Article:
Nadia Murad, a human rights activist and sex slave survivor who has been speaking around the world about her experiences at the hands of the Islamic State terror group, visited for the first time her liberated Yazidi village in Iraq, where she was taken.
"I have been waiting for this day for nearly three years," Murad said on the rooftop of the school where she had studied for 11 years, according to Reuters.
Murad, 24, broke down in tears as she walked through Kojo, where in 2014 IS militants killed her mother, along with six of her brothers and stepbrothers in a major slaughter.
The Yazidi men and women were separated, with the men being killed, and the women and girls being sold into sex slavery.
"We hoped our fate would be to be killed like the men instead of being sold and raped by Syrians, Iraqis ... Tunisians and Europeans," Murad said.
The activist described how the IS commander demanded the Yazidis convert to Islam, but they refused.
"He demanded we change our religion but nobody agreed."
"We heard the sound of shots. At first, we believed people had come to help us, but when we looked out of the windows ... we saw them killing the men," she continued.
"We cried to the U.N., Europe, Kurdistan and Iraq but nobody came to help us. Today the village is surrounded by mass graves."
Yazidis, Christians, and other religious minorities have suffered a similar fate at the hands of IS throughout Iraq and Syria, with the U.S. and other Western powers recognizing that the atrocities carried out by the Islamic radicals constitute genocide.
Murad has spoken before the U.N. and several other humanitarian agencies about the horrors she and many others went through.
"We didn't feel valued as humans in their hands," she told STV News in February.
"They enslaved more than 6,500 females they took them to different places. They did what they want to the women and my fate was the same. I was one of the victims and they did everything to us."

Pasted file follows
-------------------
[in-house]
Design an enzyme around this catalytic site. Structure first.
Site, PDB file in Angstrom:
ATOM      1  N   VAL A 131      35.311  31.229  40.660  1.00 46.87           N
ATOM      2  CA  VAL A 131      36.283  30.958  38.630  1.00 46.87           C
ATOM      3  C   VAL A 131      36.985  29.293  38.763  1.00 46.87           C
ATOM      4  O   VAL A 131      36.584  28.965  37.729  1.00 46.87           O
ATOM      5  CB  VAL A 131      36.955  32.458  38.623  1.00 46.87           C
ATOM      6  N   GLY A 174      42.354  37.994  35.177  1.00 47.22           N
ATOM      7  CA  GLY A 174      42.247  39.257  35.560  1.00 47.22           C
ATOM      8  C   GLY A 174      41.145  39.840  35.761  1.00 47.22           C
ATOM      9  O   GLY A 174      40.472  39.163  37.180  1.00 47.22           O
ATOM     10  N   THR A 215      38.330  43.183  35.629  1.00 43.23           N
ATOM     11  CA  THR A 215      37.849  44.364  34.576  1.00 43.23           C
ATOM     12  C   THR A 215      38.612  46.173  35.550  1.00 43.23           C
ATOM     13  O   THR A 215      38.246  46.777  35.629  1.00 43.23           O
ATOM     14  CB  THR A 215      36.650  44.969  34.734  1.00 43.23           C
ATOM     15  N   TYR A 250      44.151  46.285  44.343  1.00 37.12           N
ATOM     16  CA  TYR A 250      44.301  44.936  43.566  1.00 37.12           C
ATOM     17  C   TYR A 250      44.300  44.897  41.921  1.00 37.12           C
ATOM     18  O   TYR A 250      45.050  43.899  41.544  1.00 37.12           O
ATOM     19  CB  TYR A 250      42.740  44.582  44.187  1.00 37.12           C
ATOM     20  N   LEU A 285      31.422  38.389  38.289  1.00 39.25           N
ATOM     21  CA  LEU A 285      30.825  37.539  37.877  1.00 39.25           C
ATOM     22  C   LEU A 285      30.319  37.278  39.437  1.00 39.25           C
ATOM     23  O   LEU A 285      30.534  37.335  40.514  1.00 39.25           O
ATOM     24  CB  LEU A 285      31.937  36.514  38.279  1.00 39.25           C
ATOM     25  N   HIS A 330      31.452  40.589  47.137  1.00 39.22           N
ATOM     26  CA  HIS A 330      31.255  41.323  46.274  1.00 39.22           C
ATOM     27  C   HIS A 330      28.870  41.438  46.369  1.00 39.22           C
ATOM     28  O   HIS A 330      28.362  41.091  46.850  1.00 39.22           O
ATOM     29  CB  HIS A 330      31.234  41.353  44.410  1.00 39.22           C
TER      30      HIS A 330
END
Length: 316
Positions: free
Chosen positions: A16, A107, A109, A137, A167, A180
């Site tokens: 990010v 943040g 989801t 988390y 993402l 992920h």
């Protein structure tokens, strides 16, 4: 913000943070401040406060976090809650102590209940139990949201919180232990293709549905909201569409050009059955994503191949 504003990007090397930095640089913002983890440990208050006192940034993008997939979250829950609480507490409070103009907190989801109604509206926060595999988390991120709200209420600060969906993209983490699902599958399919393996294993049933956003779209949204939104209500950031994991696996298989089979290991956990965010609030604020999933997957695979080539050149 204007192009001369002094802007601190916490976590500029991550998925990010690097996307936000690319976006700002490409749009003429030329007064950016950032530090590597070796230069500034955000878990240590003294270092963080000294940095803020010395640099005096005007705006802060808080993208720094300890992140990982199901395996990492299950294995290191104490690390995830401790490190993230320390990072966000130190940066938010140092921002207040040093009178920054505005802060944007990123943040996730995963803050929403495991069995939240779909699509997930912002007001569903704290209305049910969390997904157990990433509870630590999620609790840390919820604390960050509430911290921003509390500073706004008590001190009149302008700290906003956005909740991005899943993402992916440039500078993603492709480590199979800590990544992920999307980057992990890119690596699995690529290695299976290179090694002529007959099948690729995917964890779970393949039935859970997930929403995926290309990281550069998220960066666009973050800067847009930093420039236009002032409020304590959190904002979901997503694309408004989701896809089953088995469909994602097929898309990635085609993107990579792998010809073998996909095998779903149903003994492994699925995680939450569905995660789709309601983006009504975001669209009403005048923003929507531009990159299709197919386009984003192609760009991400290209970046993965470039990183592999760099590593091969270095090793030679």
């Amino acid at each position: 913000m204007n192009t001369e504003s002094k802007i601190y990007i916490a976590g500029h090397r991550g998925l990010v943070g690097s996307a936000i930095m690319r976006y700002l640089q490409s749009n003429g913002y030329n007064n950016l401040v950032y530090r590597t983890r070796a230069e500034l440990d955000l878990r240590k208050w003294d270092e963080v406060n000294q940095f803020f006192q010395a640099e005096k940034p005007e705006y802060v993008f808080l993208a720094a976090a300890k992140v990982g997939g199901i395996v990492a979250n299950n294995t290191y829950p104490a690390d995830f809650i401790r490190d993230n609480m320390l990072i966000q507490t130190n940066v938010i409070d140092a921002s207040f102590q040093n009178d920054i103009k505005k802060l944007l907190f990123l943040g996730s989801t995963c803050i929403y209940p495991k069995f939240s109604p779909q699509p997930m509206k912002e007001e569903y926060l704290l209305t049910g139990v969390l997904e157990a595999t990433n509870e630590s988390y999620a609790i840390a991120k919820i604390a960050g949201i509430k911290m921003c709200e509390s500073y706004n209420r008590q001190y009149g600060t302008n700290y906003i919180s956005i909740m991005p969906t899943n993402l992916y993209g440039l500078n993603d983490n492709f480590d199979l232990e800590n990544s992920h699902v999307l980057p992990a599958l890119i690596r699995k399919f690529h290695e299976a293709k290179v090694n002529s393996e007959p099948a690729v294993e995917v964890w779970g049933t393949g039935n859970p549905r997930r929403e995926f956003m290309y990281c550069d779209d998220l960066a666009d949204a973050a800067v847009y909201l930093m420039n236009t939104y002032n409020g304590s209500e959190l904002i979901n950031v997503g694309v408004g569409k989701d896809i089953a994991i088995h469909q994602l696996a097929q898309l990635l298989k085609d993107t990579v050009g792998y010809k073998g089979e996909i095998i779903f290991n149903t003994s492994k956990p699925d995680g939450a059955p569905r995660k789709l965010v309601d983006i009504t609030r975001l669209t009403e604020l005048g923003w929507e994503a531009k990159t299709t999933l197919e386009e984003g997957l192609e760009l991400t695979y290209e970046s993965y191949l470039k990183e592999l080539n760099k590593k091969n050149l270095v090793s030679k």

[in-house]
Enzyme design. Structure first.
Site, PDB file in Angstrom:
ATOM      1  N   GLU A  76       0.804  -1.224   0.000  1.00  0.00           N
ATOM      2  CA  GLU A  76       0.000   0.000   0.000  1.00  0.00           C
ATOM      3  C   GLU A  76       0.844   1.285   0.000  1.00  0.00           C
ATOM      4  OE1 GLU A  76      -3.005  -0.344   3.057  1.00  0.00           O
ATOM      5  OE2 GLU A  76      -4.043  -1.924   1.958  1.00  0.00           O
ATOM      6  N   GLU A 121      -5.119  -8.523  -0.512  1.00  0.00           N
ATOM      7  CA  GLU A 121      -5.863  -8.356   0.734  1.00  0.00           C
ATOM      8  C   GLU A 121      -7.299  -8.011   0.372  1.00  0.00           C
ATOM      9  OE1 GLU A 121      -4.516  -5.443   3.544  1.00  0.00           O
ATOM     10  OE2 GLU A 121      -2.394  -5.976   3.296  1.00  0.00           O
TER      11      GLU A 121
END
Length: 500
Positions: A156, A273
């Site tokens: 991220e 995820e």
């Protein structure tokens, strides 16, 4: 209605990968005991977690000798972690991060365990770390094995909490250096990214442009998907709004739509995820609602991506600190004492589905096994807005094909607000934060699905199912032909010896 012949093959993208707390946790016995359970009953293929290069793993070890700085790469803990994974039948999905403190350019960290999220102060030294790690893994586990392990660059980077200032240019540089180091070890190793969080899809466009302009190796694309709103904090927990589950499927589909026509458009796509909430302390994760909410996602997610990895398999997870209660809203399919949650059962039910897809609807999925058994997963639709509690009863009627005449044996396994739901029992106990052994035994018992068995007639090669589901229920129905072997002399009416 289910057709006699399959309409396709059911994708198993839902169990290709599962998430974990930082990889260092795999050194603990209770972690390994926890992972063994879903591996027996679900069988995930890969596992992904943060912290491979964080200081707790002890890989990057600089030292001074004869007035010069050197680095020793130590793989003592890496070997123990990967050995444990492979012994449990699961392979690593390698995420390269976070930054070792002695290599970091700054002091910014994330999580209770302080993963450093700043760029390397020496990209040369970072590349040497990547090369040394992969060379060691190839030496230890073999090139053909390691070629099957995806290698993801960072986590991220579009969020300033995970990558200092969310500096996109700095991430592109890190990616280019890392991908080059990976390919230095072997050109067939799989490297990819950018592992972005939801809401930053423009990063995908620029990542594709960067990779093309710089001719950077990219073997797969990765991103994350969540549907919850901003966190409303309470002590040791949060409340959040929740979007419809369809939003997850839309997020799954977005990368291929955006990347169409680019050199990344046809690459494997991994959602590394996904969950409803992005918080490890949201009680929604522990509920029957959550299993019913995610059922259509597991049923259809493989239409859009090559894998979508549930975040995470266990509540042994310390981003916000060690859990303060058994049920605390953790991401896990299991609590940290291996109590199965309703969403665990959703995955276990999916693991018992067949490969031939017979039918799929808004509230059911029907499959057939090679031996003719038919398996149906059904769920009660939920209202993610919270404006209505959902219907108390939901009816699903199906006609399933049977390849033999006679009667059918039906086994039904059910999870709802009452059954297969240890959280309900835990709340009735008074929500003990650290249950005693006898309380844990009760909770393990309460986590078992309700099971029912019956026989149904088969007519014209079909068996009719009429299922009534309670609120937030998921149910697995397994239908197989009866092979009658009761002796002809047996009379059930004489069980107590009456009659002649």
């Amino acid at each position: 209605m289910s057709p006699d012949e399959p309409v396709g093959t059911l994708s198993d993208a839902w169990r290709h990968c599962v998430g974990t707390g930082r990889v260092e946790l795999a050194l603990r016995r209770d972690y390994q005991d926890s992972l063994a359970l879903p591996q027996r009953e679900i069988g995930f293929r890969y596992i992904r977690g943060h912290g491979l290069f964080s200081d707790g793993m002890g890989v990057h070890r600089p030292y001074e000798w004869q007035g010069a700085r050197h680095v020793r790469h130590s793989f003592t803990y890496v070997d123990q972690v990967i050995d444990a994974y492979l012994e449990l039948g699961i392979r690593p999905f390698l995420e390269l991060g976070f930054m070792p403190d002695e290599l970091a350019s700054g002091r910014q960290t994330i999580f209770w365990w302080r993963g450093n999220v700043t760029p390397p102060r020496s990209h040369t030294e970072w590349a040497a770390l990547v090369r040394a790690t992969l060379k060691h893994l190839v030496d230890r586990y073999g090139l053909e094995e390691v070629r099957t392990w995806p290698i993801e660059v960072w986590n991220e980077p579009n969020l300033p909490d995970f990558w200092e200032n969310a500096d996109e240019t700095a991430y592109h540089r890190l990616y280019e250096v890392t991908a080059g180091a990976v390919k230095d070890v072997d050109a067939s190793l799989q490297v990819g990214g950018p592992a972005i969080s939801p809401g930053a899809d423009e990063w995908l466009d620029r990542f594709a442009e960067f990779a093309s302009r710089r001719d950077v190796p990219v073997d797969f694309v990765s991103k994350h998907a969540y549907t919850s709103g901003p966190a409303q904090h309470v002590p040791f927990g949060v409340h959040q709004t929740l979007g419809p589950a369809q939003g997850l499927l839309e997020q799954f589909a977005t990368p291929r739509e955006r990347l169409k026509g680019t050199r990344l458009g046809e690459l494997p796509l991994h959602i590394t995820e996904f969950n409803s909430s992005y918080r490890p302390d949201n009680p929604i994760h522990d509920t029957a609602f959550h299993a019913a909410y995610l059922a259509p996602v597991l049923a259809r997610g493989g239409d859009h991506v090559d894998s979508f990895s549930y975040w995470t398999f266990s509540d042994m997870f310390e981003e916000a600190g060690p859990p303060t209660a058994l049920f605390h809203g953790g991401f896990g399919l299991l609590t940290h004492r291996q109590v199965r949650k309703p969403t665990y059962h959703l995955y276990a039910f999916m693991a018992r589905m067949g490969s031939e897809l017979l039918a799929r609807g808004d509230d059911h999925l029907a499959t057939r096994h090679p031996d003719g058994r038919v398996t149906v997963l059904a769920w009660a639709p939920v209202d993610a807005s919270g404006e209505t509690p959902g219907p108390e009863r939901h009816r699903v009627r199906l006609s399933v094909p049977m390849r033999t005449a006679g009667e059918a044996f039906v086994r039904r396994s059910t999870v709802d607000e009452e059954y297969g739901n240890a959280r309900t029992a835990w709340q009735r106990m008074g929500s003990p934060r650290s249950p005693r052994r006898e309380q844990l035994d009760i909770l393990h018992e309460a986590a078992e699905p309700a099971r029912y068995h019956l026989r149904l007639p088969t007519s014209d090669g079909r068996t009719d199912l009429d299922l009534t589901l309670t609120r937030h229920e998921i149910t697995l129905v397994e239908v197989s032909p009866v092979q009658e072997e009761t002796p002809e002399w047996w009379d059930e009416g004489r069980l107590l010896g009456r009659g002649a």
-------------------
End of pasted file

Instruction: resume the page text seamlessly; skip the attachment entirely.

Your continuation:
The radicals would take any girl over nine years old, abusing them and trying to force them to change their religion.
"We were subjected to crimes to their hands that nobody can mention what they did for us," she described, revealing that she was raped by 12 men in total.
IS is slowly being driven out of Iraq, with Kojo and several other villages liberated by Popular Mobilization, an Iraqi Shi'ite paramilitary force trained by Iran.
The key city of Mosul is also on the verge of being liberated, reports have noted, though coalition forces estimate that close to 1,000 extremist fighters remain in the city.
Murad said that the world must not forget the victims and that the radicals must face justice for what they have done.
"All we want is people to save 3,000 women in the Daesh prisons and to document our graves ... until now, not a single mass grave has been documented," she said.
International human rights lawyer Amal Clooney has backed Murad in her plea.
"This is a global threat. It needs a global response. And part of that response must be a judicial one. It cannot be only on the battlefield. You can't defeat ISIS on the battlefield alone, because you have to also deal with future recruiting," Clooney said in March.
"I think trials and exposing the brutality of ISIS and trying to make a dent in some of their shiny propaganda by showing that it's not a holy war and showing what they're really doing to children, to women, is one way to help that."